Google Sheets is now the go-to spreadsheet tool for most people. It’s free, super easy to collaborate with, and has some pretty awesome functions and features.

Even if you want to do something as basic as data record-keeping or simple calculations such as weighted averages or division, you can easily do that in Google Sheets.

In this tutorial. I will show you a couple of ways to divide in Google Sheets.

Just like with multiplying, you can easily divide numbers in Google Sheets using an inbuilt Google Sheets division formula or using the divide operator (as we will see with examples).

So let’s get started!

Table of Contents

**How to Divide in Google Sheets**

- Click on the cell you want the results in
- Type the =DIVIDE formula and choose it from the suggestions
- Click on the cell with the value you want to divide
- Add a coma
- Click on the cell with the value you want to divide by
- Hit enter

**How to Divide Two Cells In Google Sheets**

If you want to divide two numbers in Google Sheets (or two cells that have the numbers), then there are a couple of ways to do this in Google Sheets.

**How to Divide on Google Sheets Using the DIVIDE function**

Doing a division in Google Sheets is such a regular task that there is an in-built division function in Google Sheets that allows you to divide two numbers or numbers that are in two cells.

It’s the **DIVIDE function**Â (no marks for guessing)!

**DIVIDE Function Syntax**

The syntax for the DIVIDE function is as follows:

=DIVIDE(dividend, divisor)

Dividend– the number you want to divide.

Divisor- the number you want to divide by.

Suppose you want to divide the value in cell A1 with the value in cell B1.

You can use the below Google spreadsheet DIVIDE formula to do this:

=DIVIDE(A1,B1)

- Click on the cell you want the results in
- Type the =DIVIDE formula and choose it from the suggestions
- Click on the cell with the value you want to divide. In our example, this is cell A1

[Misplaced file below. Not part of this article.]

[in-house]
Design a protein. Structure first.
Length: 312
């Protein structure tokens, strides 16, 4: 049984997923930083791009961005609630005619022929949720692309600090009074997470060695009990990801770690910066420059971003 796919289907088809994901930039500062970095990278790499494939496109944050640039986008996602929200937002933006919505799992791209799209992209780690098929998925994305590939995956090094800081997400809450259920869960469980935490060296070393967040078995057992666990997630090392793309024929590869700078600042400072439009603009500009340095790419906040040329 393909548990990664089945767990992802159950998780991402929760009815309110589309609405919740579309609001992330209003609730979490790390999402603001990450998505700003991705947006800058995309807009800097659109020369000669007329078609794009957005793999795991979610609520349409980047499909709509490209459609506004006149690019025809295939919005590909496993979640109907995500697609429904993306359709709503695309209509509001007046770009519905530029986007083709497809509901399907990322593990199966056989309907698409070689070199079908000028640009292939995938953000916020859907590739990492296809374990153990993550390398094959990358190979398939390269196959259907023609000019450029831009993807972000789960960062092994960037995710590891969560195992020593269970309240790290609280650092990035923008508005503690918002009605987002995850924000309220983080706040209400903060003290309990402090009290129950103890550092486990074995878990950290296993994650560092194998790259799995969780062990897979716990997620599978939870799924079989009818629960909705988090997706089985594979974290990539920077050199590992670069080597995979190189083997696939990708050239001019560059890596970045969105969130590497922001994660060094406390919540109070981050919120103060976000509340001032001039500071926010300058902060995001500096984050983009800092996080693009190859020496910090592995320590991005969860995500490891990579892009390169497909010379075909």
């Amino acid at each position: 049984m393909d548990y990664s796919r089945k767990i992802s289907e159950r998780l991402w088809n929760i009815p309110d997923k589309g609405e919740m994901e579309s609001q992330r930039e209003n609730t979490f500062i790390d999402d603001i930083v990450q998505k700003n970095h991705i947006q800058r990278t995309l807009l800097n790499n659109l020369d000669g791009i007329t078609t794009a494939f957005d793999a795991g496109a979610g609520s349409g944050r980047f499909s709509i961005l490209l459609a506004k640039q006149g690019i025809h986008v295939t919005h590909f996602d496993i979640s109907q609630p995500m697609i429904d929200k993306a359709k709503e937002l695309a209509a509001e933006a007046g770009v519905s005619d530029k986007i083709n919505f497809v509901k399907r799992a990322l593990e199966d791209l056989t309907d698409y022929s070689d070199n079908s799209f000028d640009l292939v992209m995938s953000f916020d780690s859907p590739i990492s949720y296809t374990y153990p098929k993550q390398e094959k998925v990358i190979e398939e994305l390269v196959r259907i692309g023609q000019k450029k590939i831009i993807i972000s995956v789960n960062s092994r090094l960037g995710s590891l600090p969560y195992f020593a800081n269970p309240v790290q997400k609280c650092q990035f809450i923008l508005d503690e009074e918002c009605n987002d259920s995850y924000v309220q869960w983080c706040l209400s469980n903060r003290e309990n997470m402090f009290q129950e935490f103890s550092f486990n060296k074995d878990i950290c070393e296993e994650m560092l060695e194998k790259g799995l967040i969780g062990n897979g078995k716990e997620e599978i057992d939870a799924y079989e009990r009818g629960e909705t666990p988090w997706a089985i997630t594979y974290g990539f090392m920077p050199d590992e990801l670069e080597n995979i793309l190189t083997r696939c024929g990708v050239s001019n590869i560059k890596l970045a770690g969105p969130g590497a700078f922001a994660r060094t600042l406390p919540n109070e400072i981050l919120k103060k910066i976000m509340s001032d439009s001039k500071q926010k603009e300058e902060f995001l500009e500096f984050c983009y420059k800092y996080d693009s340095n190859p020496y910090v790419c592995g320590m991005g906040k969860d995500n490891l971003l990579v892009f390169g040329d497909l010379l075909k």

- Add a coma,
- Click on the cell with the value you want to divide by. In our example, this is cell B1
- Click
**Enter.**

In the above formula, the first argument is the dividend (the number which has to be divided) and the divisor (the number with which to divide)

I have used the cell references in the above example, but you can also hard-code values into the Google Sheets divide formula. For example, you can also use the below formula:

=DIVIDE(1200,15)

The benefit of using cell references is that your formula result becomes dynamic. This means that in case I change the value in cell A1 or B1, the formula would automatically update.

**Using the DIVIDE Operator**

Another quick way to divide numbers in Google Sheets is by using the **divide operator**Â – the **forward-slash (/)**

Suppose you have the data as shown below and you want to divide the value in cell A1 with the value in cell B1.

You can use the below equation to do this:

=A1/B1

Hereâ€™s how to divide in google sheets using the divide operator:

- Click on the cell you want the results in
- Type equal sign.
- Click on the cell with the value you want to divide. (Or type the number to be divided) In our example, this is cell A1.
- Add a forward slash (/)
- Click on the cell with the value you want to divide by. In our example, this is cell B1.
- Click
**Enter.**

And in case you want to quickly divide numbers (instead of cell references), you can do that as well (as shown in the below formula):

=1200/15

Also read: How to Multiply in Google Sheets

**Order of Precedence when Dividing Cells**

An important thing to know when using arithmetic operators (such as division or multiplication) in Google Sheets is the order of precedence.

Let me try and explain this with an example.

Suppose I use the below formula:

=1200/15+15

Can you guess what the result would be?

It would be 95.

This happens as there is an order of precedence in Google Sheets where division is done before addition. Hence it first divides 1200 by 15 where the result is 80. It then adds 15 to this result giving you the overall result as 95.